In 2010, more than 361 Filipino teachers were employed by Louisiana's public schools; the company they paid to place them continues to extort a percentage of their salaries.

Judge orders fees repaid; Service recruited Filipino teachers for La. schools
April 17, 2010

An administrative judge has ordered a California-based teacher placement service to refund an estimated $1.8 million in fees the company collected from more than 361 Filipino teachers recruited to work in public schools in Louisiana.

The judge, Shelly Dick, found that the company, Universal Placement Inc., was also imposing a series of fees that violate state rules for such services. The ruling is dated Wednesday, but was not released publicly until Friday morning.

"This is more than just a victory for the Filipino teachers who were abused by the company," said Steve Monaghan, president of the Louisiana Federation of Teachers. "It is a validation of the rule of law, and a commitment by the state of Louisiana to protect the rights of all working people."

The teachers have found their way into classrooms across the state, including more than 200 in Baton Rouge.

UPI representatives have contended that in Louisiana, as opposed to California, the company has been operating as a placement, not an employment, service.

"UPI is splitting hairs," Dick wrote, rejecting that argument.

She ordered UPI to pay a $500 fine, $7,500 in legal costs to the teachers bringing the case, and refunds to teachers charged improper fees.

Dick, however, ruled that she lacked authority to return all of the fees collected from the teachers, such as those for helping them obtain visas and other documents needed to work in the United States.

"Scrutiny of these fees is not within the regulatory authority of this commission," Dick wrote.

Dick also stopped short of nullifying the employment contracts, a step sought by the teachers and the American Federation of Teachers, which filed the original complaint with the Louisiana Workforce Commission. Dick found that such a move is beyond her jurisdiction.

Dick is an attorney who was appointed as administrative judge for this case.

Murphy Foster III, the attorney for UPI, said Dick's ruling is inconsistent with itself and fails to explain how she can demand refunds on a contract executed in California. He said his client plans to appeal the decision to the state's 19th Judicial District Court in Baton Rouge.

"I will tell you that we are extremely confident that we are going to prevail in the matter," Foster said.

If the case heads to district court, the contract nullification issue could resurface. Foster, however, said he's not worried.

Dick said she has no authority to impose criminal penalties on UPI for acting without a proper license, but any person found guilty of such a charge faces a fine of up to $500 and up to six months in jail.

The Louisiana Workforce Commission plans to refer the matter to the state Attorney General's Office to see if it wants to pursue any further civil or criminal litigation.

"We're not going to tolerate the unlicensed and improper business activities found in this case," LWC Executive Director Curt Eysink said. "This case underscores the need to vigorously enforce our statutes so that licensed businesses can operate on a level playing field and so that the people who are placed are treated fairly."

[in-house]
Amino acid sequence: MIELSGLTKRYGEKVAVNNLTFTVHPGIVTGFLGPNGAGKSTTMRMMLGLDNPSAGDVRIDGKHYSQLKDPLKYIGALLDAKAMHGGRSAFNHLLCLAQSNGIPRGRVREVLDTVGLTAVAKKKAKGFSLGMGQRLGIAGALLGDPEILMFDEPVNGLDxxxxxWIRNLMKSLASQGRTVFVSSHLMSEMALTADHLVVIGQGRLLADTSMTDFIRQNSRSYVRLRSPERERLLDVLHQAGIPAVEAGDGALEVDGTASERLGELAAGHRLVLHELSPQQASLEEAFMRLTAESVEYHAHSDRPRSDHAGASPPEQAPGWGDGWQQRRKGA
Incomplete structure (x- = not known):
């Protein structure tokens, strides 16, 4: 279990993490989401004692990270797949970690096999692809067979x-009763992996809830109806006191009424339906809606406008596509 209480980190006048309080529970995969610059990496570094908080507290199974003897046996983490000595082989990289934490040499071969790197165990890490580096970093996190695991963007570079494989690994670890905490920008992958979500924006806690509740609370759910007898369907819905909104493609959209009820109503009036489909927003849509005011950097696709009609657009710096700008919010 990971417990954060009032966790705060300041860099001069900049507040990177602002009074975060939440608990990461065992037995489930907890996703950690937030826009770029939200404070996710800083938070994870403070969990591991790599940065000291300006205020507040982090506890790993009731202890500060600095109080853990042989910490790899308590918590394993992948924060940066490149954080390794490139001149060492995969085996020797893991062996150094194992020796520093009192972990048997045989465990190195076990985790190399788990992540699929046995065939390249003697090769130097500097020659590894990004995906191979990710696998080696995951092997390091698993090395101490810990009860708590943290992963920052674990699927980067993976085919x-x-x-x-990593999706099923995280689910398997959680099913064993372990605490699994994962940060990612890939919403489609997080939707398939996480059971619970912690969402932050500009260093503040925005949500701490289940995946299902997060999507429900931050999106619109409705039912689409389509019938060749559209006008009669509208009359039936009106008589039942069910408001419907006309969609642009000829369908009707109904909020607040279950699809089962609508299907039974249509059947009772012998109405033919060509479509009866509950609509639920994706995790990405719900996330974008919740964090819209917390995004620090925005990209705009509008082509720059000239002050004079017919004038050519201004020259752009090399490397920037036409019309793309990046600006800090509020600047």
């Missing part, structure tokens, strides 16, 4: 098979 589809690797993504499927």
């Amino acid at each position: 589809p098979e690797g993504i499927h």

Ingrid Cruz, a teacher at Scotlandville Pre-Engineering Academy, a middle school, said the ruling was gratifying.

"We were kind of expecting it because we know what we claim is true," Cruz said.

At an April 5 hearing, the teacher union presented evidence showing teachers have paid UPI and a sister company up to $9,000 each for the company to process paperwork and make arrangements for jobs in Louisiana.

Cruz said the UPI and its manager, Lourdes "Lulu" Navarro, who is a convicted felon, continue to pursue her and other teachers, seeking up to 10 percent of their annual salaries each year.

"We just want the contract nullified and have this agency out of our lives, because one way or another she (Navarro) finds a way to harass us teachers," Cruz said.

Cruz said she expects more legal battles to come.

"I know this battle is not yet over, we have a long way to go," she said. "She (Navarro) is not the kind of person who gives up easily."

The Filipino teachers, despite everything, still make much more in the United States than they make back home.

"We were recruited. We were invited to teach here, because there's this scarcity," said Mairi Tanedo, a teacher at Magnolia Woods Elementary. "And we will not deny it: the pay is so inviting."

Tanedo said Filipino teachers will adjust to tough circumstances, but they will also fight when necessary.

"As teachers, there is a certain value of principle that is embedded in our blood," she said, "and we really need to stand up for ourselves."

Copyright 2010, The Advocate / Capital City Press LLC

Additional Reading
  • Sarah Carr, "Recruiting agency accused of extortion; Fillipinos say they paid dearly to teach in La." The Times-Picayune, New Orleans, October 2, 2009, National, p. 1.

  • Will Sentell, "Union: Recruiters cheated foreign teachers," The Advocate, Baton Rouge, October 2, 2009, Capitol News Bureau News, p. 1A.

  • Charles Lussier, "EBR fires Filipino teachers," The Advocate, Baton Rouge, June 9, 2009, South LA. & Business, p. 1B.

From: Charles Lussier, "Judge orders fees repaid; Service recruited Filipino teachers for La. schools," The Advocate, Baton Rouge, April 17, 2010 South LA. & Business, p. 1B.  Reprinted in accordance with the "fair use" provision of Title 17 U.S.C. § 107 for a non-profit educational purpose.